Alexandra Schultheis MooreVulnerability and security in human rights literature and visual culture
Routledge, Taylor & Francis Group, New York, 2016, xv, 262 pp.: ill.
This book responds to the failures of human rights―the way its institutions and norms reproduce geopolitical imbalances and social exclusions―through an analysis of how literary and visual culture can make visible human rights claims that are foreclosed in official discourses. Moore draws on theories of vulnerability, precarity, and dispossession to argue for the necessity of recognizing the embodied and material contexts of human rights subjects. At the same time, she demonstrates how these theories run the risk of reproducing the structural imbalances that lie at the core of critiques of human rights. Pairing conventional human rights genres―legal instruments, human rights reports, reportage, and humanitarian campaigns―with literary and visual culture, Moore develops a transnational feminist reading praxis of five sites of rights and their violation over the past fifty years: UN human rights instruments and child soldiers in Nigerian literature; human rights reporting and novels that address state-sponsored ethnocide in Zimbabwe; the international humanitarian campaigns and disaster capitalism in fiction of Bhopal, India; the work of Médecins Sans Frontières in the Sahel, Afghanistan, Democratic Republic of Congo, and Burma as represented in various media campaigns and in photo/graphic narratives; and, finally, the human rights campaigns, fiction, and film that have brought Indonesia’s history of anti-leftist violence into contemporary public debate.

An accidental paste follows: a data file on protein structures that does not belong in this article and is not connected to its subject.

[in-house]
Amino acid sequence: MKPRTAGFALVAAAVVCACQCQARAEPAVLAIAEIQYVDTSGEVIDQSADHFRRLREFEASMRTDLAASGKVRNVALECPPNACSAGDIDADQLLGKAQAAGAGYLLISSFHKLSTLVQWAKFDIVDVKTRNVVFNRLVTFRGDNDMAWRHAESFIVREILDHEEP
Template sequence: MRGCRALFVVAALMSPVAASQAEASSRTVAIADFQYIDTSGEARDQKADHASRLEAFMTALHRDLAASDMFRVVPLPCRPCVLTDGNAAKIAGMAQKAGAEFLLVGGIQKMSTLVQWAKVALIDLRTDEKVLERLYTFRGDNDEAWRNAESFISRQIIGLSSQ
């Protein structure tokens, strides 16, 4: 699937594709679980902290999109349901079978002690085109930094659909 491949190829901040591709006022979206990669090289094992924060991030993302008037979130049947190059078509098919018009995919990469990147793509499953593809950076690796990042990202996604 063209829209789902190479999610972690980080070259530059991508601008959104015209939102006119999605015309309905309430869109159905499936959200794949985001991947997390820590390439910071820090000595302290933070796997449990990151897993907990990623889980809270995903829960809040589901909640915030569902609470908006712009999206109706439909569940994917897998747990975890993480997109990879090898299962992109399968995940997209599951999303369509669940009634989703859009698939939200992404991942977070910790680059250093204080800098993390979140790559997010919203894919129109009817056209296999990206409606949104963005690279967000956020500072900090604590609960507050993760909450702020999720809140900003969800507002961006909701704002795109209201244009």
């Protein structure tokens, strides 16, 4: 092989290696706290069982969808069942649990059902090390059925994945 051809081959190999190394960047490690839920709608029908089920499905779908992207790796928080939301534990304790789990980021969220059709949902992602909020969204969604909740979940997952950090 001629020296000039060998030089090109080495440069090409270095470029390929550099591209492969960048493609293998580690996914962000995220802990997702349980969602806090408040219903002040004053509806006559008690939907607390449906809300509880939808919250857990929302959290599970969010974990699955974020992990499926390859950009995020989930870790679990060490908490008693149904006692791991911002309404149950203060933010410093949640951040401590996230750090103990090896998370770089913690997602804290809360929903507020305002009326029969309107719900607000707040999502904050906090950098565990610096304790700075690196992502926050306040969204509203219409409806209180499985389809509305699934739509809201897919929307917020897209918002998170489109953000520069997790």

These case studies underscore how human rights norms are always subject to conditions of imaginative representation, and how literature and visual culture participate in that cultural imaginary. Expanding feminist theories of embodied and imposed vulnerability, Moore demonstrates the importance of situating human rights violations not only in the context of neo-liberal development policies but also in relation to the growth of security networks that serve the nation-state often at the expense of the security of specific subjects and populations. In place of conventional victims and agents, the intersection of vulnerability and human rights opens up readings of human rights claims and suffering that are, at once, embodied and shareable, yet which run the risk of cooptation by security rhetoric.
- Human rights in precarious times
- Spectrally human: African child soldier narratives at the limits of legal personhood
- Disturbing the archive: Human rights storytelling of Zimbabwe's Gukurahundi
- Overexposed: compounded vulnerability and continuing liability in fiction of Bhopal
- Re-purposing Témoignage: humanitarian spaces and subjects in photo/graphic narratives of Médecins sans frontières
- In the aftermath of mass murder: visuality and vertigo in the Indonesia films of Joshua Oppenheimer
Alexandra Schultheis Moore is Associate Professor of English and Program Faculty in Women’s and Gender Studies at the University of North Carolina at Greensboro, USA